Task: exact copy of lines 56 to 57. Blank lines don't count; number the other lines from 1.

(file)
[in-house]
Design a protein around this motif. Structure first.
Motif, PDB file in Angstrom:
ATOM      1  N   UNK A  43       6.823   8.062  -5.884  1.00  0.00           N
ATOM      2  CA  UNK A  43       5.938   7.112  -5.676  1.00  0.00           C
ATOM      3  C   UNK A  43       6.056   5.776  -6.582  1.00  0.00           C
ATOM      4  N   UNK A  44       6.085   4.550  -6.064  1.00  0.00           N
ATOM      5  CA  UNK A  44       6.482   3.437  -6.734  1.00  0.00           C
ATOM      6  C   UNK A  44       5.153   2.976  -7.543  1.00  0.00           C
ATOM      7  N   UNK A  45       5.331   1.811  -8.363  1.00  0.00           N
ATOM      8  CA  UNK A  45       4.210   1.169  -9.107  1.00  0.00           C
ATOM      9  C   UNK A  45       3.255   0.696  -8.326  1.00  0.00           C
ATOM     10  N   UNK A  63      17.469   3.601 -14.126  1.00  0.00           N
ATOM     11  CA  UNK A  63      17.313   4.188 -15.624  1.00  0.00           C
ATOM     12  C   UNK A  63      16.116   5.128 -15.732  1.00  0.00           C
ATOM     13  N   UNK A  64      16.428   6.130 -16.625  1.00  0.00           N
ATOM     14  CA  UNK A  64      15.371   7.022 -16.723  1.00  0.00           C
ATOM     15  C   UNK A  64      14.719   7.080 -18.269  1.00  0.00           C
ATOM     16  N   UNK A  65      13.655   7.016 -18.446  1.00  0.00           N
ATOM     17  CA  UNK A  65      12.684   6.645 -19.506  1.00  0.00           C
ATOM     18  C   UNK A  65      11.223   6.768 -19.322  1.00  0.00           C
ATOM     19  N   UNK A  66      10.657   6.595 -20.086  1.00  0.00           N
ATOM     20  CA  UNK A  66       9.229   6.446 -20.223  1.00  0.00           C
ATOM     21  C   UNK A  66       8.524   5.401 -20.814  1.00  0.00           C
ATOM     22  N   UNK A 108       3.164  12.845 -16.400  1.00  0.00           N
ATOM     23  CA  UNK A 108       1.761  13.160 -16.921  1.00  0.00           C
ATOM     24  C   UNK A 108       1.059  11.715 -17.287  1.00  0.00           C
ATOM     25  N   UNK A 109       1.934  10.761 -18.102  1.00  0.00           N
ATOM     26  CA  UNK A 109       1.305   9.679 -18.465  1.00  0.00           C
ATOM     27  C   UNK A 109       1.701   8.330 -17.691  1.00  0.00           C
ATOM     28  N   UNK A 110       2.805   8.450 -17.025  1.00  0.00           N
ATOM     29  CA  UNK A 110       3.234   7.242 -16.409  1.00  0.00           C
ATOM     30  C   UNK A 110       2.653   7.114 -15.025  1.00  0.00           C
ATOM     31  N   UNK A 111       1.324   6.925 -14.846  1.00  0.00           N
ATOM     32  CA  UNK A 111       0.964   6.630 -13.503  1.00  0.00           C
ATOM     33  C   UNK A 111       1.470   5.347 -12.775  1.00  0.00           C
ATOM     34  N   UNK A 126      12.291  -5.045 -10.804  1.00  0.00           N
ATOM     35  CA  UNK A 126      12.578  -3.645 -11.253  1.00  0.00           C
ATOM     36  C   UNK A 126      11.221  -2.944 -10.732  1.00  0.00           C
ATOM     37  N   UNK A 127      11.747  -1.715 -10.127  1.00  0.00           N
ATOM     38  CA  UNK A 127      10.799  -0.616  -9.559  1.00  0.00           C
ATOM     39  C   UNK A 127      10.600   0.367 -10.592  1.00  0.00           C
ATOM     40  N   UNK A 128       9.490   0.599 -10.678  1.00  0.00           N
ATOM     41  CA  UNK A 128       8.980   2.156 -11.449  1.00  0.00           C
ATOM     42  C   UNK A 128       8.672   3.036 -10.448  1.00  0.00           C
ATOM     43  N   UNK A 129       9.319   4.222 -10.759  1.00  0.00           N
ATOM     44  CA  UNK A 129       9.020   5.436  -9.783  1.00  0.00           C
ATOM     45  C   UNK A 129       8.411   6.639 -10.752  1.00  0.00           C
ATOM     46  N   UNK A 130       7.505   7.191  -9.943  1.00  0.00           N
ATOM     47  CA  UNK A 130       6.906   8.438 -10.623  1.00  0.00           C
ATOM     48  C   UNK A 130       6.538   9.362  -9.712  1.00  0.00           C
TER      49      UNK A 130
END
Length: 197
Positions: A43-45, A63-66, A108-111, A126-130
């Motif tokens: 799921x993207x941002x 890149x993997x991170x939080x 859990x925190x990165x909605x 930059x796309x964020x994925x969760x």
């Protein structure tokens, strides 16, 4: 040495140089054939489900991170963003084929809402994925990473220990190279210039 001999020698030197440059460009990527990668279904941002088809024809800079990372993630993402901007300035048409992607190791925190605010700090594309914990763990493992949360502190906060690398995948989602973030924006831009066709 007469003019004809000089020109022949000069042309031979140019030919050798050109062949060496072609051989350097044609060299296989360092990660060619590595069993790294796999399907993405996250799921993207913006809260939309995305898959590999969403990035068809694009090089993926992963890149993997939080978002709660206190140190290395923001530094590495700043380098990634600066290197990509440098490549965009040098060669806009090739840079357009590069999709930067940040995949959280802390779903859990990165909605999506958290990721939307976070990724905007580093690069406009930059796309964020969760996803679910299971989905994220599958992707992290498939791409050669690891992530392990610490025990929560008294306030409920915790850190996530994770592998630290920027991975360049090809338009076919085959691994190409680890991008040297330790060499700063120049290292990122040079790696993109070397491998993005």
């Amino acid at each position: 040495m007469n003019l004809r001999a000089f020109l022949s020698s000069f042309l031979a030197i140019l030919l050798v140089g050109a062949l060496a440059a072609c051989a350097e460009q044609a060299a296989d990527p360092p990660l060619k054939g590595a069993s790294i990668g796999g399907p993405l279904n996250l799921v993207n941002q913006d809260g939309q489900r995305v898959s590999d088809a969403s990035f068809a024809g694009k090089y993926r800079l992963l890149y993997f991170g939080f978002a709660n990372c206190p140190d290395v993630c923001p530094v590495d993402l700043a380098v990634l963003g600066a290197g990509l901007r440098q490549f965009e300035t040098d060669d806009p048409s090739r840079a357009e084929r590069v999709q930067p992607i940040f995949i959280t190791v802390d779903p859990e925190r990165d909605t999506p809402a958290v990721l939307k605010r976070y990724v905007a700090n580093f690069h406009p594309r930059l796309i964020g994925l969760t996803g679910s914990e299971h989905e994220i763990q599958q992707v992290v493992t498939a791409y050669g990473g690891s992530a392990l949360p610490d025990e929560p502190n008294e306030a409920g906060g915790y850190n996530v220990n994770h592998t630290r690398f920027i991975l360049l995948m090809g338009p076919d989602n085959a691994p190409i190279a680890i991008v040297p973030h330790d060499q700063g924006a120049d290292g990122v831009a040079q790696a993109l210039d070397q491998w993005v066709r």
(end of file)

């Motif tokens: 799921x993207x941002x 890149x993997x991170x939080x 859990x925190x990165x909605x 930059x796309x964020x994925x969760x």
């Protein structure tokens, strides 16, 4: 040495140089054939489900991170963003084929809402994925990473220990190279210039 001999020698030197440059460009990527990668279904941002088809024809800079990372993630993402901007300035048409992607190791925190605010700090594309914990763990493992949360502190906060690398995948989602973030924006831009066709 007469003019004809000089020109022949000069042309031979140019030919050798050109062949060496072609051989350097044609060299296989360092990660060619590595069993790294796999399907993405996250799921993207913006809260939309995305898959590999969403990035068809694009090089993926992963890149993997939080978002709660206190140190290395923001530094590495700043380098990634600066290197990509440098490549965009040098060669806009090739840079357009590069999709930067940040995949959280802390779903859990990165909605999506958290990721939307976070990724905007580093690069406009930059796309964020969760996803679910299971989905994220599958992707992290498939791409050669690891992530392990610490025990929560008294306030409920915790850190996530994770592998630290920027991975360049090809338009076919085959691994190409680890991008040297330790060499700063120049290292990122040079790696993109070397491998993005």